Why this college?
Under the shadow of a magnificent mango tree at the heart of communist Cuba was the place where I learned to appreciate the beauty of the art of chess. When I was five years old, my father taught me the theory of chess, how the pieces moved and the strategies needed to defeat your opponent. I was perplexed by this intriguingly complex game. However, it was not until I grew older that I discovered that aside from teaching me chess, my father showed me something even more significant- the blueprints of the inner workings of life and the structure of our society.
Growing up in a socialist nation was nothing out of the ordinary, or so I thought. I did not know the real face of communism until that fateful exchange with my father under that shielding tree. As I learned the precise movements of the pieces and rules of the game, I thought- it’s wrong! It’s wrong, dad! The pieces are not equal! My father very calmly and with an expression which showed understanding began to remove the blind that kept me in the darkness.
He commenced. Cuba has embarked on many revolutions. The primary cause being the unrealistic desire for a utopian society in which all people are equal in every aspect of life. Although no single group has ever been able to accomplish such a dare, many mad idealists have tried to defeat Fate. Hence the formation of a society allocated to three fundamental parts, the high, the medium, and the low but who are forced to believe are equal. Cuba has remained immobile from this position for 57 years, with the high comprised of only two handfuls of people, the medium of corrupt followers, and the low of most of the population while vigilant eyes watch their movements, and claims of equality hang on every corner.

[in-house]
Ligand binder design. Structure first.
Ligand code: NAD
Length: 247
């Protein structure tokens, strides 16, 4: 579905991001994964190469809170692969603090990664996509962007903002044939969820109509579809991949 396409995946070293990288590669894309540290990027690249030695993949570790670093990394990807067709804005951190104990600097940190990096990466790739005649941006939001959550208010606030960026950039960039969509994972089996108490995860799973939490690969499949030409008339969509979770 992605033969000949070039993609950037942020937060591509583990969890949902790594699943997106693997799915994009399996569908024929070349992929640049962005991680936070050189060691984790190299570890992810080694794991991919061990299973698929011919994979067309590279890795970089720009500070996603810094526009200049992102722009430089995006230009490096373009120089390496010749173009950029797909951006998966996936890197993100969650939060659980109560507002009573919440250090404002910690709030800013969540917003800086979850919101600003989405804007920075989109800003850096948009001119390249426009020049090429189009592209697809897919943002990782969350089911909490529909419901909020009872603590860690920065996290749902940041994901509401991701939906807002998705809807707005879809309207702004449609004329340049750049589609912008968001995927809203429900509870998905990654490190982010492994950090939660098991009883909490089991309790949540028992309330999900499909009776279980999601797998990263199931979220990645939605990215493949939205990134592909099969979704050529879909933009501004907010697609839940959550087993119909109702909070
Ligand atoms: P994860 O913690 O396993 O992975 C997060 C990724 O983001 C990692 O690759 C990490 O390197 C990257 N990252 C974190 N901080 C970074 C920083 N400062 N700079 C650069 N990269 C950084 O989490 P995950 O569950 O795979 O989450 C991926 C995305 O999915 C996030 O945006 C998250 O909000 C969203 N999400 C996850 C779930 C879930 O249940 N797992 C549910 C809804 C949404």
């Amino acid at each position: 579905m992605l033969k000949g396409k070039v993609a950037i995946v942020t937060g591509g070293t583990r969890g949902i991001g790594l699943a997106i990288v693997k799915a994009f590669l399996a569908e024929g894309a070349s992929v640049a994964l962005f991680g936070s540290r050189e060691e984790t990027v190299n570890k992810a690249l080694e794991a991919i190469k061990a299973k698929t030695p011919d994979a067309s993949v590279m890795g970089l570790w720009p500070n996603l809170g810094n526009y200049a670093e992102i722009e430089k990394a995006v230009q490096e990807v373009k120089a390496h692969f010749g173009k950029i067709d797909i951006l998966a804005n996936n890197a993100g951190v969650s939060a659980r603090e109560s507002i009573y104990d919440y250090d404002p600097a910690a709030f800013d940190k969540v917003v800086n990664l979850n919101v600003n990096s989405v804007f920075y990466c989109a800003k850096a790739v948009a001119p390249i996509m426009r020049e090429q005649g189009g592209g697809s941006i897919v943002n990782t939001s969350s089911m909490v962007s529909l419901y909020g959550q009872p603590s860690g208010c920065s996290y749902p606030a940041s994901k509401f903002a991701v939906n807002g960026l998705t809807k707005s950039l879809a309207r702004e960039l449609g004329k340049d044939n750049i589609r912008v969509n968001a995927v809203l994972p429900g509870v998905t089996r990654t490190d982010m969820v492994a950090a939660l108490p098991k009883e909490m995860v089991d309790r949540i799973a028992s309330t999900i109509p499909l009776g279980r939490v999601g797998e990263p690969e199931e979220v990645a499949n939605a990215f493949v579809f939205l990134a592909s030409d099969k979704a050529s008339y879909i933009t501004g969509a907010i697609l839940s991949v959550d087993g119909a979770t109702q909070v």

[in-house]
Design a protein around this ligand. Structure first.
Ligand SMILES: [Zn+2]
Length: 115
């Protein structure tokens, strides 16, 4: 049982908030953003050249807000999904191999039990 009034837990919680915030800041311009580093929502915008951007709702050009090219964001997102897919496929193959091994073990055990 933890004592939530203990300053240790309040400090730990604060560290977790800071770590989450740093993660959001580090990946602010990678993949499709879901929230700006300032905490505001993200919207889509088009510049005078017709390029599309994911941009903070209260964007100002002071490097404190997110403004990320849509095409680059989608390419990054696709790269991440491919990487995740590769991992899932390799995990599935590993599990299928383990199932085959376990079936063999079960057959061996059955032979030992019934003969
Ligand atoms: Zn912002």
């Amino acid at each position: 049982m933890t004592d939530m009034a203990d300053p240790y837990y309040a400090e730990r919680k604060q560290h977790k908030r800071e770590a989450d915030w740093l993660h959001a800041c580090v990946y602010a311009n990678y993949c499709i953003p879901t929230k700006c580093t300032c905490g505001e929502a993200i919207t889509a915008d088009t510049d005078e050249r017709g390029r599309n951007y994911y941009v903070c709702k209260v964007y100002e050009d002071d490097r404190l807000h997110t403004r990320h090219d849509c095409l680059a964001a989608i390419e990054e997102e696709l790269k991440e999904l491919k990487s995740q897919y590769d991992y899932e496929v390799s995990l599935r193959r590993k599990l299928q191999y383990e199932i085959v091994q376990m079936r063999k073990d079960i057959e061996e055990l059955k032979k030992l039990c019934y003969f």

Chess follows this same pattern and is governed by the same rules. Cuba has been playing this tentative match since its beginnings and has always adhered this restriction. The ingrained belief of equality for all has brought equality to none. The central entity of the country is always the winner, and it made sure to include that in the rules of their game. But luckily at the end of every game, the pieces always go back in the box, and a new match holds the possibility for a different outcome.
At that particular moment in time, I couldn’t imagine a world in which people were free to do as they pleased and could elect their leader or be part of the high without being a government official. I didn’t think I would ever get to see such a thing. Until my dad lost everything, the state took his hard earned money and his land. Thus, having nothing left we turned to the American embassy and appealed as refugees. On October 18, 2012, we flew to America and began our journey as free peoples. It was challenging at first because I did not speak the language, I was not familiar with the culture nor the traditions, and I knew nothing of democracy. However, that did not stop me; I was determined to be part of a fair nation.
It’s been five years and one month since I left my homeland. Today I am a better version of myself; today I am part of the culture, I speak the language, I celebrate the same traditions, today I am part of a fair nation. And that is why I want to be part of North Carolina State University. I want to be part of a community in which the values for which I traveled 1,587 km are celebrated and upheld. I want to be part of a community who stands for Integrity—in the pursuit, creation, application, and dissemination of knowledge; Freedom—of thought and expression; Respect—for cultural and intellectual diversity.